Gene Meme


Alzheimer's paintings

Alzheimer's video


Abstract work on paper

Millennium Dome





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Gene Meme an art installation about population


>> Listen to Nicky Barranger of The Interview Online talking to Gregor about Gene Meme




>> Listen to the Gene Meme debate



>> Read the texts

In June 2010 Gregor created a dramatic installation of paintings about rising global population which filled the atmospheric Crypt Gallery under London's St Pancras Church.

A wall of 50 abstract paintings represented humans as a biological proliferation driven by our genes to replicate and spread. The paintings ranged from images of cellular structures, dividing and multiplying to abstract crowd scenes showing simple figurative forms spreading to the edges of the canvas. In combination, the 50 paintings overwhelmed the viewer, filling their field of vision and dominating the confined crypt.

The Gene Meme paintings are visceral and corporeal. The technique adopted mirrors the subject; an under-painting of skeletal webs and cellular structures overlaid with translucent membranes. Gregor went out of his way to disrupt any emerging compositional structure, maintaining a sense of life by opting for gestural blots and splashes, and loose washes of contrasting colours, rather than allowing order to appear. He used pure, optically luxuriant colours; deep blood reds, cold pale blues, organic, luminous yellows and vivid oranges, applied in such dense combinations that the paintings seem at the same time to contain every colour and yet to be almost monochromatic.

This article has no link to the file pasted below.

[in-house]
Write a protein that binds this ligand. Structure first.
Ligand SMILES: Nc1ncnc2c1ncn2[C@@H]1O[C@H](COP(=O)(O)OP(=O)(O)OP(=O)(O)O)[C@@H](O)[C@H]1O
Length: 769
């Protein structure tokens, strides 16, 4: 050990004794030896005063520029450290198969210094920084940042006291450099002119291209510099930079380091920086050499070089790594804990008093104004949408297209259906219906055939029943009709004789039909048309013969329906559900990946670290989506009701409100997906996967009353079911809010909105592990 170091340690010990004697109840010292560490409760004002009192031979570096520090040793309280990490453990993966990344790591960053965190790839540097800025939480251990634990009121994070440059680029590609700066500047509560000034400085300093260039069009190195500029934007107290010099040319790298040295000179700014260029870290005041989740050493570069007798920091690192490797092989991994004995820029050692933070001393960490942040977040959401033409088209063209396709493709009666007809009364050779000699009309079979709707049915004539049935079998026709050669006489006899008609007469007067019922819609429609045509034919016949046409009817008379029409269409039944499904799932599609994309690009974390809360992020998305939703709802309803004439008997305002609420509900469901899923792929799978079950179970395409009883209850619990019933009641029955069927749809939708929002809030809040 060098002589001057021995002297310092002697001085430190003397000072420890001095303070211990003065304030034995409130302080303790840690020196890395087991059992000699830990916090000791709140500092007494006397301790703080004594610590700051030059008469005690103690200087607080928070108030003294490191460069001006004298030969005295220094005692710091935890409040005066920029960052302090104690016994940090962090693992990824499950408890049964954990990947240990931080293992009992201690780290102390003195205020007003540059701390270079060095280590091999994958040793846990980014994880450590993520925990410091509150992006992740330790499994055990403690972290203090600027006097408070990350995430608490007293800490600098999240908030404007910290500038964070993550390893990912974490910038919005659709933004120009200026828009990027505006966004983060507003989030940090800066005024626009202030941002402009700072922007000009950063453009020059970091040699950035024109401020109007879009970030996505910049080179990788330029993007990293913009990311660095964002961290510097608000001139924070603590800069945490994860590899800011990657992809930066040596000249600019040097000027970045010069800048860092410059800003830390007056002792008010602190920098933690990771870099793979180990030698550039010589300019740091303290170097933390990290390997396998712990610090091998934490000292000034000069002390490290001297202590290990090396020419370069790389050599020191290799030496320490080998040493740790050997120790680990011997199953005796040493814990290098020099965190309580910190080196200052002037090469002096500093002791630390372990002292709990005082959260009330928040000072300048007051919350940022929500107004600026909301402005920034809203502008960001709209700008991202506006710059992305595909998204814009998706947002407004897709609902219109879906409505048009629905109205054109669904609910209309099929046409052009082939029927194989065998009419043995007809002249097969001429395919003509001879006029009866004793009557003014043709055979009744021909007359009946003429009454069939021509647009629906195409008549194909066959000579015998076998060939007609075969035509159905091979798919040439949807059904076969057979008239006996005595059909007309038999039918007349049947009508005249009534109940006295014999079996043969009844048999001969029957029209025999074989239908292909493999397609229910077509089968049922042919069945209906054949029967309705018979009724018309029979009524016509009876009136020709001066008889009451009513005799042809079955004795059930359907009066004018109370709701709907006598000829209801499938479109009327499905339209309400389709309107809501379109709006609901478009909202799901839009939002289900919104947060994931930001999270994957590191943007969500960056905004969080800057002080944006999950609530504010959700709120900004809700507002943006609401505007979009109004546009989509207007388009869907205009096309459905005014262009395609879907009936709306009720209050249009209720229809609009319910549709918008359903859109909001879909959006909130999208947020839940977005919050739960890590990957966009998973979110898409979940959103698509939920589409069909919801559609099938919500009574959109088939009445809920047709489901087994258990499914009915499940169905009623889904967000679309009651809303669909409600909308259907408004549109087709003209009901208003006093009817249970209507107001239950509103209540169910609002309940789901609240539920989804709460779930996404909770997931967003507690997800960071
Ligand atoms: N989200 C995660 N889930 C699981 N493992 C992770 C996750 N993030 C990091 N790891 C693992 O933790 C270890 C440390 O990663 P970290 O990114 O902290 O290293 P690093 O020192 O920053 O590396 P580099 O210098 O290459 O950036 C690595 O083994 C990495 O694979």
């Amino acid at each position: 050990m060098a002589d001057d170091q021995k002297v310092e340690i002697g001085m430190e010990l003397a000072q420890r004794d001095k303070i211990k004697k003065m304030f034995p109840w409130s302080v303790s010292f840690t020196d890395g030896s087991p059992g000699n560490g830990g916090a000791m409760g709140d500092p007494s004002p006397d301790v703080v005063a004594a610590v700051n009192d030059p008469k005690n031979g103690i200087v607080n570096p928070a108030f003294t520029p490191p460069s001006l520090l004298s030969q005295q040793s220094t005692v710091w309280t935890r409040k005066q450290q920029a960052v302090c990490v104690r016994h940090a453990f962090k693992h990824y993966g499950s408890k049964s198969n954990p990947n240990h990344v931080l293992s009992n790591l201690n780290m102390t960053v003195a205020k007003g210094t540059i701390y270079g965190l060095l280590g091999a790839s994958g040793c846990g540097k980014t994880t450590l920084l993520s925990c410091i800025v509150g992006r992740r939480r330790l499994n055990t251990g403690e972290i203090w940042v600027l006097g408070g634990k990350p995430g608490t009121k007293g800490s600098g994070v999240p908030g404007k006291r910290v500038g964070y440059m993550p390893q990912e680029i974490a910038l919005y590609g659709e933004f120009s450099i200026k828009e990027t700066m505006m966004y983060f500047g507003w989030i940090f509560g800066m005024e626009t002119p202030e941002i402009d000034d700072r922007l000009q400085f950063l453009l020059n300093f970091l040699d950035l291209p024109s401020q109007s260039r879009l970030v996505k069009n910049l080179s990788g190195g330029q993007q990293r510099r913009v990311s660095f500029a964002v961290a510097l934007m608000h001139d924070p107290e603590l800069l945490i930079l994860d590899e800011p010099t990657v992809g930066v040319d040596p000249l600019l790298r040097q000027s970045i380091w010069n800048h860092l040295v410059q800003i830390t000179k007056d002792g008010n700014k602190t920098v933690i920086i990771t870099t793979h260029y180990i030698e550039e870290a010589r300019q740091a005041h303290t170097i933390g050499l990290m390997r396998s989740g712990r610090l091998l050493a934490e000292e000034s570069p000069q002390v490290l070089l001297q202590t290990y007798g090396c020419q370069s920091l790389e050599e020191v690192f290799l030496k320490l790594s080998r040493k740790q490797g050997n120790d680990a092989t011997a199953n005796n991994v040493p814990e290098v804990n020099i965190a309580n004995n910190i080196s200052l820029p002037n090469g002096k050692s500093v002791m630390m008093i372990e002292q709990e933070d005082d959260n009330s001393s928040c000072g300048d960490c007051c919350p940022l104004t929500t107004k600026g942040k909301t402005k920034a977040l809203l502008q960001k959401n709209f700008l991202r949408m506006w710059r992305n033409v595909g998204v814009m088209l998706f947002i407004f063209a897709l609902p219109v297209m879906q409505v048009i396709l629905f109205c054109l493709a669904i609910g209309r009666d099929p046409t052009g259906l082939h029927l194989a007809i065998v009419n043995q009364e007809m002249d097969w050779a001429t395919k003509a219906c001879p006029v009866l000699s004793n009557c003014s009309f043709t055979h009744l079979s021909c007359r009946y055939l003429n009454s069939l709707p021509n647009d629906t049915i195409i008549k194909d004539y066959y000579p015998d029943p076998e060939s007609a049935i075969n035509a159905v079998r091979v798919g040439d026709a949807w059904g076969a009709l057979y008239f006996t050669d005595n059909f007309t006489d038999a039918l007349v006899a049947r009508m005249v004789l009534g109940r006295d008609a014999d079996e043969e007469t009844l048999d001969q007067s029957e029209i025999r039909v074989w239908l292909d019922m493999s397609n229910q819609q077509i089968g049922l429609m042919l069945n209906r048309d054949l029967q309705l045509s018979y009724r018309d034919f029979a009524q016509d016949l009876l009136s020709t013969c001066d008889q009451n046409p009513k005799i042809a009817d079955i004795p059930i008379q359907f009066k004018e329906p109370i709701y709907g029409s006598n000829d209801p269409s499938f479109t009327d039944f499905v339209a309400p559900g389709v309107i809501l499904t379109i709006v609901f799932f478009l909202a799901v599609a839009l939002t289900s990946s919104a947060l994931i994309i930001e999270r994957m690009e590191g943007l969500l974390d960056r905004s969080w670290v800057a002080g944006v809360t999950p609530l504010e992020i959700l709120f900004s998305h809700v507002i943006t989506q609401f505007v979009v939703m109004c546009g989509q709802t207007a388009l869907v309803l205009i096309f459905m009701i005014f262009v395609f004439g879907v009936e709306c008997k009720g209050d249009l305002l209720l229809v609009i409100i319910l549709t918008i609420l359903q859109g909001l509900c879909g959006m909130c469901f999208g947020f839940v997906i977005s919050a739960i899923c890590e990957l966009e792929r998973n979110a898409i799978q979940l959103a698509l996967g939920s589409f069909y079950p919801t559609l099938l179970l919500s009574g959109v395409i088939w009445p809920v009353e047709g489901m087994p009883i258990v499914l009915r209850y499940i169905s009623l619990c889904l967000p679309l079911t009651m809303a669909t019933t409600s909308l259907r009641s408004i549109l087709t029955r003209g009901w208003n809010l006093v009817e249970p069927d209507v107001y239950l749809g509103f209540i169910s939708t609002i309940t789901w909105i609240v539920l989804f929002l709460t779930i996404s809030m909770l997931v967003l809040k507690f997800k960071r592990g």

They were accompanies by Alex Harvie’s 50 elegies for historic societies whose rapid growth had unintended consequences. Addressed to "you", the elegies accuse the viewer - you did this.

For every painting sold, Street Child Africa offered a vulnerable child in Ghana a year’s apprenticeship including accommodation, food, medical care and support, to help lift them out of poverty.

The installation was supported by a public debate, online resources and an educational programme for Key Stage 1.

The debate was held in St Pancras Church in London and asked the question: what, if anything, should be done about rising population? It was chaired by Radio 4's Geoff Watts, with speakers including Aubrey Manning, Fred Pearce, Professor John Guillebaud, Roger Martin, Savina Geerinckx and The Revd Jeremy Caddick.

Gene Meme was sponsored by Bosteels Brewery.

Rupert Maas from the Antiques Roadshow and Maas Gallery said, “Primeval gods haunt the painter Gregor Harvie - Khaos, and Eros (love, the life-bringer). Spread across the fifty intense paintings of his new show, Eros has triumphed - life has proliferated so fast that Gaia is exhausted. Logic predicts that, full circle, Khaos will prevail in the future, but all we can see in The Crypt Gallery (the underworld!), where the fifty paintings are densely hung, is exponential cellular division evolving through to teeming crowds. A glimpse of what may be the fate of all this life is given by his partner, writer Alex Harvie, in a series of elegies for past societies that have collapsed under their own weight.”

>> download Gene Meme catalogue

>> download KS1 teaching materials